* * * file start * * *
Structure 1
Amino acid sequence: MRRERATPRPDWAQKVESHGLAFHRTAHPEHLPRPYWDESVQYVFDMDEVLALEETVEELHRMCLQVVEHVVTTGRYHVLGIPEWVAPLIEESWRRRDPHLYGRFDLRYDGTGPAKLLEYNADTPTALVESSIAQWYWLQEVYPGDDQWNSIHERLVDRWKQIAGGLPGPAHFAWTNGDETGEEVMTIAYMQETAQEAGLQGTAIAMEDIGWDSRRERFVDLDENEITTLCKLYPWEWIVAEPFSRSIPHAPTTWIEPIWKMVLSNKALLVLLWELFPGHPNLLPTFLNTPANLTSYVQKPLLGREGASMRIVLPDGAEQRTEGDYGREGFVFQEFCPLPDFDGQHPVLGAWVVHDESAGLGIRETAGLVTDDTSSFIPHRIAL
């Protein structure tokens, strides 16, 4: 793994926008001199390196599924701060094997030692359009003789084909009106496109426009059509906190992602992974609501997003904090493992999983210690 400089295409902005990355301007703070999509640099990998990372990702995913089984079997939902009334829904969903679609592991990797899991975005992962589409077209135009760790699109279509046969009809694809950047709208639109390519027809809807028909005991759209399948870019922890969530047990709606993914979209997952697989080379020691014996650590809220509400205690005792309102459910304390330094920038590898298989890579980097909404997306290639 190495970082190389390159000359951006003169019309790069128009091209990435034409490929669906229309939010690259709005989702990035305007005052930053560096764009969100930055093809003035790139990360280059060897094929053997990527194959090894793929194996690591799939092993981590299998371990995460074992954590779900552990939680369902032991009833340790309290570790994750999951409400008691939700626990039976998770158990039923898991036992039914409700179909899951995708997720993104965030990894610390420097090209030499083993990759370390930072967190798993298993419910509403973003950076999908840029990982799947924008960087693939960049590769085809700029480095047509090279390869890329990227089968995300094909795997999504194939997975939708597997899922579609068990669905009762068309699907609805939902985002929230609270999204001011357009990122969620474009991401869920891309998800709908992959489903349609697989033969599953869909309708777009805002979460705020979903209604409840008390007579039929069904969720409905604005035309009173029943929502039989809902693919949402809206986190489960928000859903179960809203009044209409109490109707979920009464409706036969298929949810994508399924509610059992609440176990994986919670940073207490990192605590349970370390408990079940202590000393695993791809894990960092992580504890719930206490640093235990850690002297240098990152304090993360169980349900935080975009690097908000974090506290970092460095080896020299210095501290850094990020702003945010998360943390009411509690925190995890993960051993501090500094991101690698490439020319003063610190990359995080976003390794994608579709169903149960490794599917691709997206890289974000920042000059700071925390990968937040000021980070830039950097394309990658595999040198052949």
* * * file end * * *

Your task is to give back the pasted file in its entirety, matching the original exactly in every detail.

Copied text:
Structure 1
Amino acid sequence: MRRERATPRPDWAQKVESHGLAFHRTAHPEHLPRPYWDESVQYVFDMDEVLALEETVEELHRMCLQVVEHVVTTGRYHVLGIPEWVAPLIEESWRRRDPHLYGRFDLRYDGTGPAKLLEYNADTPTALVESSIAQWYWLQEVYPGDDQWNSIHERLVDRWKQIAGGLPGPAHFAWTNGDETGEEVMTIAYMQETAQEAGLQGTAIAMEDIGWDSRRERFVDLDENEITTLCKLYPWEWIVAEPFSRSIPHAPTTWIEPIWKMVLSNKALLVLLWELFPGHPNLLPTFLNTPANLTSYVQKPLLGREGASMRIVLPDGAEQRTEGDYGREGFVFQEFCPLPDFDGQHPVLGAWVVHDESAGLGIRETAGLVTDDTSSFIPHRIAL
């Protein structure tokens, strides 16, 4: 793994926008001199390196599924701060094997030692359009003789084909009106496109426009059509906190992602992974609501997003904090493992999983210690 400089295409902005990355301007703070999509640099990998990372990702995913089984079997939902009334829904969903679609592991990797899991975005992962589409077209135009760790699109279509046969009809694809950047709208639109390519027809809807028909005991759209399948870019922890969530047990709606993914979209997952697989080379020691014996650590809220509400205690005792309102459910304390330094920038590898298989890579980097909404997306290639 190495970082190389390159000359951006003169019309790069128009091209990435034409490929669906229309939010690259709005989702990035305007005052930053560096764009969100930055093809003035790139990360280059060897094929053997990527194959090894793929194996690591799939092993981590299998371990995460074992954590779900552990939680369902032991009833340790309290570790994750999951409400008691939700626990039976998770158990039923898991036992039914409700179909899951995708997720993104965030990894610390420097090209030499083993990759370390930072967190798993298993419910509403973003950076999908840029990982799947924008960087693939960049590769085809700029480095047509090279390869890329990227089968995300094909795997999504194939997975939708597997899922579609068990669905009762068309699907609805939902985002929230609270999204001011357009990122969620474009991401869920891309998800709908992959489903349609697989033969599953869909309708777009805002979460705020979903209604409840008390007579039929069904969720409905604005035309009173029943929502039989809902693919949402809206986190489960928000859903179960809203009044209409109490109707979920009464409706036969298929949810994508399924509610059992609440176990994986919670940073207490990192605590349970370390408990079940202590000393695993791809894990960092992580504890719930206490640093235990850690002297240098990152304090993360169980349900935080975009690097908000974090506290970092460095080896020299210095501290850094990020702003945010998360943390009411509690925190995890993960051993501090500094991101690698490439020319003063610190990359995080976003390794994608579709169903149960490794599917691709997206890289974000920042000059700071925390990968937040000021980070830039950097394309990658595999040198052949």